Mitchell Hooper has already been steadily plugging away in what might be a monumental year in his young professional strongman career. The athlete who burst onto the scene with an early blitz at the 2022 World’s Strongest Man (WSM) and subsequently became a dominant force on the major circuit seems prepared to continue his climb to the top of the strongman summit. However, before he started his ascent up the mountain again, the superstar recently traveled to “the land of the long weekend” for an essential first stop in his 2023 journey to become the best. He was joined by someone who might be the next elite strongwoman.
On Jan. 21, 2023, Hooper won the 2023 Australia’s Strongest International (ASI) competition in Yapeen, Australia. In a contest featuring various other elite strongmen and strongwomen like Master’s deadlift World Record holder Rauno Heinla and 2018 World’s Strongest Woman (WSW) champion Andrea Thompson, respectively, Hooper arguably stood tall as the headliner. New Zealand’s Shayna Wirihana won the strongwoman half of the 2023 ASI. Heinla (second place) and Fadi El Masri (third place) joined the Canadian Hooper on the strongman podium. In contrast, Thompson (second place) and Megan Clark (third place) flanked Wirihana for the strongwomen.
Here are the final standings for the strongmen who competed at the 2023 ASI:
2023 Australia’s Strongest International | Strongman Final Standings
Mitchell Hooper (Canada) — 31 points
Rauno Heinla (Estonia) — 28 points
Fadi El Masri (Australia) — 20 points
Jean-Stephen Coraboeuf (Australia) — 18.5 points
Tiano Faapoi (New Zealand) — 13 points
Tyler Helm (Australia) — 13 points
Sean Gillen (Australia) — 11.5 points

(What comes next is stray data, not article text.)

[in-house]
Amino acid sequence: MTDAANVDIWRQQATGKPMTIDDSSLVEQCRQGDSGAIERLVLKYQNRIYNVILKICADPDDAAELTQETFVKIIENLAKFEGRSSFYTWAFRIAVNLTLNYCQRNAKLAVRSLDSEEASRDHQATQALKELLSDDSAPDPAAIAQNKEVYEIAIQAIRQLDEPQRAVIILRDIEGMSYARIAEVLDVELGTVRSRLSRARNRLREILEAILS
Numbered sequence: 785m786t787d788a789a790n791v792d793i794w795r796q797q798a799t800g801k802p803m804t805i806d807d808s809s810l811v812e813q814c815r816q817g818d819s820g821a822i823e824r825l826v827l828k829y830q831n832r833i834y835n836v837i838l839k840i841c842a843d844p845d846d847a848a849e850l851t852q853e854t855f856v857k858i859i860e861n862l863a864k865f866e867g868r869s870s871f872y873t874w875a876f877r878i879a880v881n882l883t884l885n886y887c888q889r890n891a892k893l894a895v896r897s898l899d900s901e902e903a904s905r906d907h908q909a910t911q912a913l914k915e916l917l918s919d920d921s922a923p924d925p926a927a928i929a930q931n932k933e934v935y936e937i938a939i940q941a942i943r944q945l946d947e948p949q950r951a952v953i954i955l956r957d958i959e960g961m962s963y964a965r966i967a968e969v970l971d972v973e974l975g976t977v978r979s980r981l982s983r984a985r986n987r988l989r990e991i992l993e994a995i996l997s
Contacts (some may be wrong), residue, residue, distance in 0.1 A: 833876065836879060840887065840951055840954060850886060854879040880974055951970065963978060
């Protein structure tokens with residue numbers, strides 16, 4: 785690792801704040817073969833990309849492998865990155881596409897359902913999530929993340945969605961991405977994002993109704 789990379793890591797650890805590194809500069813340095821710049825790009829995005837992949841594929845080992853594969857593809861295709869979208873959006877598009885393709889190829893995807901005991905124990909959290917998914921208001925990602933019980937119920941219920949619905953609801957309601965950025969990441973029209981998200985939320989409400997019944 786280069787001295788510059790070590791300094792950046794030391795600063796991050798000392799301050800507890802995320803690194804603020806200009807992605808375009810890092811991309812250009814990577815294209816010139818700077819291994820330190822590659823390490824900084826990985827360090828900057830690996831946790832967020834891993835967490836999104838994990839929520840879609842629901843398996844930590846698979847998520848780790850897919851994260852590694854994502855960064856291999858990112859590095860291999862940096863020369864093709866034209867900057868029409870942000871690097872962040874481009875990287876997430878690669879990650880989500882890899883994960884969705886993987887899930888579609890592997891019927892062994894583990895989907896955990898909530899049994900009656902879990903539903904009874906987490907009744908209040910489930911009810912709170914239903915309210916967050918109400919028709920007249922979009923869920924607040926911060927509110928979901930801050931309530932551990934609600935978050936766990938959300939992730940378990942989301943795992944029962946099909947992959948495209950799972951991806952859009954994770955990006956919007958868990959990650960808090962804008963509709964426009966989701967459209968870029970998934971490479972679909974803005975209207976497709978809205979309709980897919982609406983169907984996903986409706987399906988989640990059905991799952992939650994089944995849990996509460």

Here are the final standings for the strongwomen who competed at the 2023 ASI:
2023 Australia’s Strongest International | Strongwoman Final Standings
Shayna Wirihana (New Zealand) — 28.5 points
Andrea Thompson (Great Britain) — 26 points
Megan Clark (Australia) — 24.5 points
Donna Moore (Great Britain) — 24.5 points
Nicole Genrich (Australia) — 13.5 points
Joe Kimitaunga (Australia) — 11.5 points
Camilla Fogagnolo (Australia) — 10.5 points
Hooper won four of five events to seal his first career ASI title. With this decisive victory, the strongman more or less picked up where he left off in 2022, as Hooper has now won three of his last four contests in a hot streak that also features wins at the 2022 Giants Live World Tour Finals and the 2022 Arnold Strongman Classic UK. To date, per Strongman Archives, the only competition Hooper has fallen short of reaching the podium was when he notched an eighth-place result during the 2022 WSM Final.
Meanwhile, Wirihana did not win any events outright at the 2023 ASI but attained a solid top-three result in each of them. Such consistency allowed the New Zealand competitor to eventually topple Thompson by a 2.5-point margin. This was Wirihana’s first victory since capturing the 2022 New Zealand’s Strongest Woman championship.
Hooper has already successfully morphed into one of the most prominent names in strongman. All that’s likely left for him to truly accomplish is overcoming his elite peers at the 2023 WSM on Apr. 18-23, 2023, in Myrtle Beach, SC. For Wirihana, the strongwoman might only just be getting started. After overcoming a perennial WSW contender and garnering recognition among some of the world’s most elite strongpeople, the 2023 ASI might be a fantastic next step on a path to her own greatness.
Featured image: @mitchellhooper on Instagram